Breakdancing a form of African American
dance that emerged from the hip hop culture of the South Bronx, New York,
during the mid-1970s. Drawing upon several African American dance forms,
break dancing coalesced in the 1970s and reached its peak in popularity
during the 1980s.
Breakdancing developed out of the Bronx,
New York, disco scene. When disco DJs changed records, dancers would fill
the resulting musical breaks, or “breakbeats,” with movements that emphasized
the rupture in rhythmic continuity. These highly acrobatic interludes developed
into a new genre that mixed Afrodiasporic dance styles, reflecting the
influence of the lindy-hop, the Charleston, the cakewalk, and the jitterbug
as well as the Afro-Brazilian martial-arts dance Capoeira and the antics
of Kung Fu movies.
Breakdancing included “breaking” (flipping,
spinning, pivoting on the head and hands), “up-rock” (a mock-combat style,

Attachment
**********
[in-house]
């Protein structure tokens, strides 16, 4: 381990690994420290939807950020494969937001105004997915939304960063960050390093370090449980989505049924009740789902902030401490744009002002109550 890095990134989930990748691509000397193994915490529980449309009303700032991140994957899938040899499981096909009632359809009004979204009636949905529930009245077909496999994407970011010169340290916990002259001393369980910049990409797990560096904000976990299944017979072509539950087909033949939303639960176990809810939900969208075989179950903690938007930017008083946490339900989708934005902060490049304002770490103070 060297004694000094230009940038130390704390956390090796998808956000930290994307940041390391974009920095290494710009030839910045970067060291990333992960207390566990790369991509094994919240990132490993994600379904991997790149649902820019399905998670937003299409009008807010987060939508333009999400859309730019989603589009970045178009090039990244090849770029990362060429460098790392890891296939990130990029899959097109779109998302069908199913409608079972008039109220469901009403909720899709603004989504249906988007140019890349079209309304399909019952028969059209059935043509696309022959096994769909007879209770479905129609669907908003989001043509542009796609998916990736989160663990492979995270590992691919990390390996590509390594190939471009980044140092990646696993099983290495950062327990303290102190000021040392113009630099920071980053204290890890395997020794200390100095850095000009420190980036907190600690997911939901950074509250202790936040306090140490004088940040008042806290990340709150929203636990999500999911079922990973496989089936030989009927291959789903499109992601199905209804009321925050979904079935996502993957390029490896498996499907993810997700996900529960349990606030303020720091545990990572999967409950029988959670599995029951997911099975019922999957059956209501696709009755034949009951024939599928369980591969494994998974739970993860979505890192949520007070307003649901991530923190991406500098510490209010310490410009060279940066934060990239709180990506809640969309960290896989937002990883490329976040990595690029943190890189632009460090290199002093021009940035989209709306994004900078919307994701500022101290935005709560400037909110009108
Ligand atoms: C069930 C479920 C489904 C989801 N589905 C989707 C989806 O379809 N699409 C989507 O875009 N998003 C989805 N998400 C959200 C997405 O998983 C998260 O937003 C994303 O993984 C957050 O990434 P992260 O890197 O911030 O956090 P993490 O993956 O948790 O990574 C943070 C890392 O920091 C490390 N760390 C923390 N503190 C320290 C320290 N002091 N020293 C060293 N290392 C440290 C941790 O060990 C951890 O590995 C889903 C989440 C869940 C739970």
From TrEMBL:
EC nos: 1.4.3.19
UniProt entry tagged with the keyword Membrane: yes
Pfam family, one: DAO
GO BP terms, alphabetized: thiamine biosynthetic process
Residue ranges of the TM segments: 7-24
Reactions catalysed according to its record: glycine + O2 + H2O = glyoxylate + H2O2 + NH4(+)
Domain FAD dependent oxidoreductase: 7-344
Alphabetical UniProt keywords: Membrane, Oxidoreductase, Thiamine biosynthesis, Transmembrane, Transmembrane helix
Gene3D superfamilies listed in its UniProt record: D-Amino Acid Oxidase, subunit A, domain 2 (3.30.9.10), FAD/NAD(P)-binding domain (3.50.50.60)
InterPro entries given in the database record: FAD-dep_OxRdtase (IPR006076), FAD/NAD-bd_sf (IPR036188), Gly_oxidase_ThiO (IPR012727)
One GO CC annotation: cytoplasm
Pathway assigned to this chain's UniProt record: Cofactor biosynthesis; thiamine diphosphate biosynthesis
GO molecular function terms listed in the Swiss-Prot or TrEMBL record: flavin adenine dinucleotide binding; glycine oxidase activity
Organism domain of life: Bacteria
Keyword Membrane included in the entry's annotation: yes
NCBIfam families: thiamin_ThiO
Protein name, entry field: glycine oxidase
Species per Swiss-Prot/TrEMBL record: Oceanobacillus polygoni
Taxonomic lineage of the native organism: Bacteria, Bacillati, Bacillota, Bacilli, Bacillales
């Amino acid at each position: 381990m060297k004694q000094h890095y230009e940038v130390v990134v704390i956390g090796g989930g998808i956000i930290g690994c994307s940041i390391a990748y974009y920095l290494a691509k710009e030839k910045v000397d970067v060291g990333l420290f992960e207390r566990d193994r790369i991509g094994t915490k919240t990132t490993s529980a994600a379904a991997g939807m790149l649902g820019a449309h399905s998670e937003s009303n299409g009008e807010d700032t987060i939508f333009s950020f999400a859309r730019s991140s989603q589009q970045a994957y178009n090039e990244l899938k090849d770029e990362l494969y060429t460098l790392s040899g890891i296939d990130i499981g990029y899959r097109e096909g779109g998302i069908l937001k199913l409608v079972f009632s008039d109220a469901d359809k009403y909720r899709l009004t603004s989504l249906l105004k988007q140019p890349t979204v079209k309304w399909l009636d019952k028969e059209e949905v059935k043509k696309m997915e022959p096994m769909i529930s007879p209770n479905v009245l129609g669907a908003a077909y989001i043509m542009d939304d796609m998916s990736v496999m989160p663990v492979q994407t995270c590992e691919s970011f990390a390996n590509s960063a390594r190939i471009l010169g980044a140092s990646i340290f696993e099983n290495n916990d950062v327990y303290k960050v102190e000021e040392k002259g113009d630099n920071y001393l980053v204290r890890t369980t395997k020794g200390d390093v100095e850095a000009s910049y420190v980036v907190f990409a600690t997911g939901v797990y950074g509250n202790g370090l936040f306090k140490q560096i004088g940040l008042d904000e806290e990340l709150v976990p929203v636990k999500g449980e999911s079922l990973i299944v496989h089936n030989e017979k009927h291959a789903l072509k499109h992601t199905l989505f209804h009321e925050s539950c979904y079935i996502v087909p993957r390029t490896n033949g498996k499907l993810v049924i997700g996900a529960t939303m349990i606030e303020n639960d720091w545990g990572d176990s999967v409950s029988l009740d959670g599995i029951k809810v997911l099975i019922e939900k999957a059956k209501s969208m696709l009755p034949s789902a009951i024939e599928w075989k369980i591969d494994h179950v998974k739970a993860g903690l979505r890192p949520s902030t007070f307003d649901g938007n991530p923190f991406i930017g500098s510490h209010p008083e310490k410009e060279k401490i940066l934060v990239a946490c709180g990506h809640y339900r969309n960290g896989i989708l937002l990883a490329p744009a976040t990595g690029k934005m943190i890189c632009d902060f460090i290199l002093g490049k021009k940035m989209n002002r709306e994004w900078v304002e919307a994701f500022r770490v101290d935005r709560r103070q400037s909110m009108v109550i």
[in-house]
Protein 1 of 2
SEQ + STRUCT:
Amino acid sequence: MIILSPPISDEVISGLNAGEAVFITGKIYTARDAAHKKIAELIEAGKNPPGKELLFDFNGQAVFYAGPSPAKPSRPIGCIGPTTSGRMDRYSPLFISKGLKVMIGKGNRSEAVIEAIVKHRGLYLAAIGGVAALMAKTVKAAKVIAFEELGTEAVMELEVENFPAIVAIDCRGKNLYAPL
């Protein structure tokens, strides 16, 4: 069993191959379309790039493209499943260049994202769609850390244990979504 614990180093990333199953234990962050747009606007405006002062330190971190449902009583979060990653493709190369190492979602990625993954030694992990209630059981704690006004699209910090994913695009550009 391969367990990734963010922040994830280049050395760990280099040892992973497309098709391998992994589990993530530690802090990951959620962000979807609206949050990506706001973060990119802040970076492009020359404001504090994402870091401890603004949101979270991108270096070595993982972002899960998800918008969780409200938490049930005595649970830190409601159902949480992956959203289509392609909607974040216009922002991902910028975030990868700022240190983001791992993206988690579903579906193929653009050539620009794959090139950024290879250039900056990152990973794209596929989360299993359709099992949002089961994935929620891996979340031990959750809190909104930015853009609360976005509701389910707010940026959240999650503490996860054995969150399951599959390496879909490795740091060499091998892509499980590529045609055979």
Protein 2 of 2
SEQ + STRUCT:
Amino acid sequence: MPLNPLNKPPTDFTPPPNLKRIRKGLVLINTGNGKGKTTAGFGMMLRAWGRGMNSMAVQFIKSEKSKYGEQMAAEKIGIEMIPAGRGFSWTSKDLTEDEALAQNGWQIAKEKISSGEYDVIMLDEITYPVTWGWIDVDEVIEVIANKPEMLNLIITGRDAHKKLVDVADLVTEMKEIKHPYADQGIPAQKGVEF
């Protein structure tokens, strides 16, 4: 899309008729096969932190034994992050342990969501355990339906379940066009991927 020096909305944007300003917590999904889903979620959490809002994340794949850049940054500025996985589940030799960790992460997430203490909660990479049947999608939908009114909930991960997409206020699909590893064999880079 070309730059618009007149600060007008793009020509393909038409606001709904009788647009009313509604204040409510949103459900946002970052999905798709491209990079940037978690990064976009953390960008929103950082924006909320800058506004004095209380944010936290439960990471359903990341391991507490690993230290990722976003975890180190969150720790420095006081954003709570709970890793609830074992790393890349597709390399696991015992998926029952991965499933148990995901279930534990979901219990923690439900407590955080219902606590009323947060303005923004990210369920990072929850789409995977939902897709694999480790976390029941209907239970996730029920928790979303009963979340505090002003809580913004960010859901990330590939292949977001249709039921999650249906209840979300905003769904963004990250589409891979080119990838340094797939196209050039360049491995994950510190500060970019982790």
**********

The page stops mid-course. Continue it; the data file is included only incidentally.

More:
often directed against an opponent), and “webbo” (fast footwork between
other dance moves). When breakdancing spread to Los Angeles, California,
dancers added the “electric boogie,” automaton-like dance moves that incorporated
pantomime. In the beginning, breakdancers adopted a confrontational attitude,
as “crews” met each other in fake rumbles that often turned into real fights.
Even peaceful displays resembled the competitive toasting of Bronx musicians
in concurrently developing rap music.
Like other facets of the hip hop
movement, breakdancing met with commercial success and public notoriety
in the early 1980s. Paralleling Soho’s embrace of Bronx graffiti art, Manhattan
dance clubs welcomed breakdancers to their floors. And like rap, breakdancing
appeared in a number of popular films, including Wild Style (1982), Breakin’
(1984), and Beat Street (1984), which featured the Rock Steady Crew, breakdancing’s
most renowned posse. This publicity, which deemphasized breakdancing’s
confrontational aspect, turned the dance into a national sensation among
white as well as black youths; suburban schoolchildren donned hip hop fashions,
and some white teenagers signed up for breakdancing lessons.
Widespread media attention diminished breakdancing’s
power as a unique voice of self-affirmation for inner-city youth. Its influence,
however, set the trajectory of subsequent dance trends. Black performers
such as Michael Jackson, MC Hammer, and Missy Elliot draw from breakdance
styles that never stop evolving. Even such breakdancing originals as Richard
“Crazy Legs” Colon of the Rock Steady Crew, continue to innovate